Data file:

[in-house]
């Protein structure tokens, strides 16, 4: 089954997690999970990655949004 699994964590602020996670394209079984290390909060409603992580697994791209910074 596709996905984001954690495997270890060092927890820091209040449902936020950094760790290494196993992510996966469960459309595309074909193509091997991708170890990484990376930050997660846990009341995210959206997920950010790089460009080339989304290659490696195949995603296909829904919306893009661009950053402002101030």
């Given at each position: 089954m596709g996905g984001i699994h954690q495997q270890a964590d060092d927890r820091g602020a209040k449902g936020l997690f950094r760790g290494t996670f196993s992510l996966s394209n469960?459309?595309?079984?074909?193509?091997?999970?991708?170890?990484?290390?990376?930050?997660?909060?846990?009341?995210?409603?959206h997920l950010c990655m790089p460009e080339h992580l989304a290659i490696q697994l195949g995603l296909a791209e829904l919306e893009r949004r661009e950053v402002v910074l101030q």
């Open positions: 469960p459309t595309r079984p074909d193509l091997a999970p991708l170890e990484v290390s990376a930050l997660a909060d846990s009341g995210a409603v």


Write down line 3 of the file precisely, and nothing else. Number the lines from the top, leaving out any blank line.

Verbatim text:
């Given at each position: 089954m596709g996905g984001i699994h954690q495997q270890a964590d060092d927890r820091g602020a209040k449902g936020l997690f950094r760790g290494t996670f196993s992510l996966s394209n469960?459309?595309?079984?074909?193509?091997?999970?991708?170890?990484?290390?990376?930050?997660?909060?846990?009341?995210?409603?959206h997920l950010c990655m790089p460009e080339h992580l989304a290659i490696q697994l195949g995603l296909a791209e829904l919306e893009r949004r661009e950053v402002v910074l101030q």